• Trip says:

        The Pittsburgh protests were covered and were quite moving. Trump was rejected outright, wouldn’t denounce white supremacy, but crashed a town in mourning that didn’t want him anyway. He always does the wrong thing. It will still be covered, as it should be.

      • orionATL says:

        but i really can’t knock the guardian that much because they seem to get to the heart of the matter more often than not.

        here is a historian talking about the national socialist workers party’s use of the word “lugenpresse”, translated here as “fake news”, almost a hundred years ago:

        nothing answers contemporary pokitical manipulation of words and ideas better than a historical recounting that places such political behavior in a context so different from the present that it gives even extreme partisans cause to reflect.

        • Trip says:

          Ex-KKK member Derek Black says President Trump’s policies in step with white nationalist groups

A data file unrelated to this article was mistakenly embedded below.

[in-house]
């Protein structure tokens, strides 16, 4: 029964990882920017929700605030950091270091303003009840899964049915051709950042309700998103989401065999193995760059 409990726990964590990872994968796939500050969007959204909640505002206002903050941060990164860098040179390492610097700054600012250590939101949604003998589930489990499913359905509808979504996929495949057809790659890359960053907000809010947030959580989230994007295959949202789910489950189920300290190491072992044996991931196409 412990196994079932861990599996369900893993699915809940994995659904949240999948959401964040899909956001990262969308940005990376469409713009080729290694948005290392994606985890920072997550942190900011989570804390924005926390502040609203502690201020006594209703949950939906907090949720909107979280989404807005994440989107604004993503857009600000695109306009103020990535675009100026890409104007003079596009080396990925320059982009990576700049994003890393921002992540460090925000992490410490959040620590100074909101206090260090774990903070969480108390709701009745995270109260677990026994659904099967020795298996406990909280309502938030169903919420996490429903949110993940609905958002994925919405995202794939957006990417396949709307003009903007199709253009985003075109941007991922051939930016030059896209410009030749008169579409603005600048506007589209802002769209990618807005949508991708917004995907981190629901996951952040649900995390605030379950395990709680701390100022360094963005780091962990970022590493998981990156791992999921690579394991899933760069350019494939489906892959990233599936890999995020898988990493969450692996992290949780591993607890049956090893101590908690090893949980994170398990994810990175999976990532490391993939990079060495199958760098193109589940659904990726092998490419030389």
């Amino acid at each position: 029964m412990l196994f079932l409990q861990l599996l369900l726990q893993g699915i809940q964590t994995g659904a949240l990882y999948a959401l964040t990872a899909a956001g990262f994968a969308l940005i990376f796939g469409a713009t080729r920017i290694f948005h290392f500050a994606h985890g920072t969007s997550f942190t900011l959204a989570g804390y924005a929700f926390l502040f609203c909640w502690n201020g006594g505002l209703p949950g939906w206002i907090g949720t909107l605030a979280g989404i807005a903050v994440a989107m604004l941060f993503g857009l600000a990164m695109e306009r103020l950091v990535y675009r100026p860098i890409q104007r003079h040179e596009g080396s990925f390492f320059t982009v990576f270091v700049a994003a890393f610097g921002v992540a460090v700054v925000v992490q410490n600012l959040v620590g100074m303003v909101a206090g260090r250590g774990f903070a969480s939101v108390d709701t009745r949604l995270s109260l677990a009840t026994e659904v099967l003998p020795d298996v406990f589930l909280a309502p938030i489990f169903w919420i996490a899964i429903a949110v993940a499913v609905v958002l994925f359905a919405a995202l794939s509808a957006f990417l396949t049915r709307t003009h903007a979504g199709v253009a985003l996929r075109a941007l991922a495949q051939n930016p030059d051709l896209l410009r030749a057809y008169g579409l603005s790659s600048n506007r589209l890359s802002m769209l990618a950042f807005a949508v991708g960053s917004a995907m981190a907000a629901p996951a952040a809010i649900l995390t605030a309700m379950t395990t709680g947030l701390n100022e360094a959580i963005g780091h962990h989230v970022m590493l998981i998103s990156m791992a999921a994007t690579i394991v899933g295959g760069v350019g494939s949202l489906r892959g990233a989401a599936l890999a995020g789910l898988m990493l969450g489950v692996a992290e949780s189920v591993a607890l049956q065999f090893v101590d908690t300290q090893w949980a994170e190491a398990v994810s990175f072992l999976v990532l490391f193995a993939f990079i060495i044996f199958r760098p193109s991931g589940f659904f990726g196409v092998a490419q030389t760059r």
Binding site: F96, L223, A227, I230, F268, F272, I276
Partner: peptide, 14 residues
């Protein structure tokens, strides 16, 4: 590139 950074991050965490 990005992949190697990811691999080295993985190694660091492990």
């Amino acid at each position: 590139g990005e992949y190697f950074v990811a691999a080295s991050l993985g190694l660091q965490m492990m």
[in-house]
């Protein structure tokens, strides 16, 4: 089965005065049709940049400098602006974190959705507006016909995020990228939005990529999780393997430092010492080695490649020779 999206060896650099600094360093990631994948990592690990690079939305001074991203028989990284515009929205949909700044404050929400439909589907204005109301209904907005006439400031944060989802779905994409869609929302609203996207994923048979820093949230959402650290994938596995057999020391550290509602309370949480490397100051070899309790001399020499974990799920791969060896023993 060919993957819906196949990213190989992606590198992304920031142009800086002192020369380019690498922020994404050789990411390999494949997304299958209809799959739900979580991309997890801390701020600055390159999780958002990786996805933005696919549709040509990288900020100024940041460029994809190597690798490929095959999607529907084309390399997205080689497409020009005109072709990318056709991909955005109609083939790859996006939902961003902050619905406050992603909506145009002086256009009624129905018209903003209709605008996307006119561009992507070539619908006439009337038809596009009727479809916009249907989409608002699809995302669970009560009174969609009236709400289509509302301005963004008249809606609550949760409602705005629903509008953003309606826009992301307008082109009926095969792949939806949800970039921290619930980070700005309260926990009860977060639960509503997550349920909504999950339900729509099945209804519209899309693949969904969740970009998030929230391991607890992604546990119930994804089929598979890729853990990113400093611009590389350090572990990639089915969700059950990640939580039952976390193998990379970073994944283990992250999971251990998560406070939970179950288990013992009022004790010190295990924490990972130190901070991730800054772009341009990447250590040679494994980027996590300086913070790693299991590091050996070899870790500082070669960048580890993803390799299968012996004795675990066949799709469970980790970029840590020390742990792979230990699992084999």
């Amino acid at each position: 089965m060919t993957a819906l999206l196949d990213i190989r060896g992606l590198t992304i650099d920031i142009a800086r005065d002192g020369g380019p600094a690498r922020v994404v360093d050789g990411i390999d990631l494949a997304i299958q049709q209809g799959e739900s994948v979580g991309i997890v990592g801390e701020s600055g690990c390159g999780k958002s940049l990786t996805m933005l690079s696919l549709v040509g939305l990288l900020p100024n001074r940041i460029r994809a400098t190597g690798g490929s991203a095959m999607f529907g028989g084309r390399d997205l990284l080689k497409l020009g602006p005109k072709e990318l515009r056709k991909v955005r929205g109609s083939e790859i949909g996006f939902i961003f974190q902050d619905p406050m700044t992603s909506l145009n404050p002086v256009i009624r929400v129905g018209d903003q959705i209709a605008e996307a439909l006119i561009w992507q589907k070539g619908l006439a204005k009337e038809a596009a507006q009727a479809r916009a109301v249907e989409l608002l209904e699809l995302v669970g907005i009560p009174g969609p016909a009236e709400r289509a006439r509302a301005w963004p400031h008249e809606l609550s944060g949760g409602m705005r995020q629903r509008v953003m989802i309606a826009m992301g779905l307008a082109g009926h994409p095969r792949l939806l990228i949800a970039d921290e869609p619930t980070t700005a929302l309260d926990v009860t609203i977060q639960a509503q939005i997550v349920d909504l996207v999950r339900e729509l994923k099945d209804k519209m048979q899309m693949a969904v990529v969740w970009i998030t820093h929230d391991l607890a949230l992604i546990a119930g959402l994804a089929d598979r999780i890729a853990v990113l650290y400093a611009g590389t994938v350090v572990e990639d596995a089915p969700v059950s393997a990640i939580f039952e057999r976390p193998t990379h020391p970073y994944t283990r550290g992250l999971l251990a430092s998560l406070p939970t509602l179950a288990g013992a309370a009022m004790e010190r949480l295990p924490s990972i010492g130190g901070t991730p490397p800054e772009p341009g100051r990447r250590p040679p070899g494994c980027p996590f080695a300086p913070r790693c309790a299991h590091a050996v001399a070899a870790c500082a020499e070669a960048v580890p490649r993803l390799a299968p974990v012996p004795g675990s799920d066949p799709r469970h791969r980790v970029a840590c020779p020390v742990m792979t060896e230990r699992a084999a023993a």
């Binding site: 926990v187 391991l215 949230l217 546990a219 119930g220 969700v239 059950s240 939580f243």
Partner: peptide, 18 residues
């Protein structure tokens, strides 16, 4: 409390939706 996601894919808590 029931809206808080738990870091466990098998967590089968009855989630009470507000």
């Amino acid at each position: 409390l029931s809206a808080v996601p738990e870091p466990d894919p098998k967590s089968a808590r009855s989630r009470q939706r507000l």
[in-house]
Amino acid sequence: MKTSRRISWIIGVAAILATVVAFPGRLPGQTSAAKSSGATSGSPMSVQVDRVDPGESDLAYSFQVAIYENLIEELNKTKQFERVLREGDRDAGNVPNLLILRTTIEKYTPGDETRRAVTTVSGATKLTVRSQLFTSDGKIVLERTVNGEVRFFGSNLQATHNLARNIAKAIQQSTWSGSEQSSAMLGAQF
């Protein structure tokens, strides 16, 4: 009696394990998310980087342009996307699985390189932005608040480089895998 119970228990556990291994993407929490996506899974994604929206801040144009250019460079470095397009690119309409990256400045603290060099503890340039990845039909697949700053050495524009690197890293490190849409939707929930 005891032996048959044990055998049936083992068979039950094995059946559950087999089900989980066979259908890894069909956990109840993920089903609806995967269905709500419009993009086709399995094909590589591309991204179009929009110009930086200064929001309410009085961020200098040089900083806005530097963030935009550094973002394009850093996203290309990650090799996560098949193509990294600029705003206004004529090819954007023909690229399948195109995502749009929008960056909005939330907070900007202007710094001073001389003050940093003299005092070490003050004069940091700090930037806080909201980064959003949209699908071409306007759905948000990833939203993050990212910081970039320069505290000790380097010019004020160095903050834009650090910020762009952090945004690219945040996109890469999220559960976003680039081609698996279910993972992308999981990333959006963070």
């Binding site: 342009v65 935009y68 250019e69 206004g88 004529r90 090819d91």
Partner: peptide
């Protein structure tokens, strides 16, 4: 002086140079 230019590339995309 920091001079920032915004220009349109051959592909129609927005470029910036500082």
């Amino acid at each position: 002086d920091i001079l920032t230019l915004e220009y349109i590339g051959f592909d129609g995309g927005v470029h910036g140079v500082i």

I don’t know why we have moved on to the euphemism of “nationalist”. Really, it’s white supremacy, masked in something about country. Remember when the media was calling these racists the “alt-right”, as if that spin somehow distanced them from the ugliness?

        • orionATL says:

          that is a very important point. it is indeed white supremacy.

          i don’t know why we had to start using the more abstract and vague word “nationalist” –
          maybe borrowing fron european political commentary. or perhaps it’s due to our american media’s longstanding fearful genuflection to the nation’s homegrown, rough-and-ready, righwing thugs.

          from now on i write “white supremacy”, with “nationalism” in parens just to retrain the media.

        • harpie says:

          Kyle Griffin reported this morning that:

          7:30 PM – 30 Oct 2018 Judiciary Dems are demanding that Republicans hold emergency hearings on hate crimes and domestic terrorism: [screenshot of letter]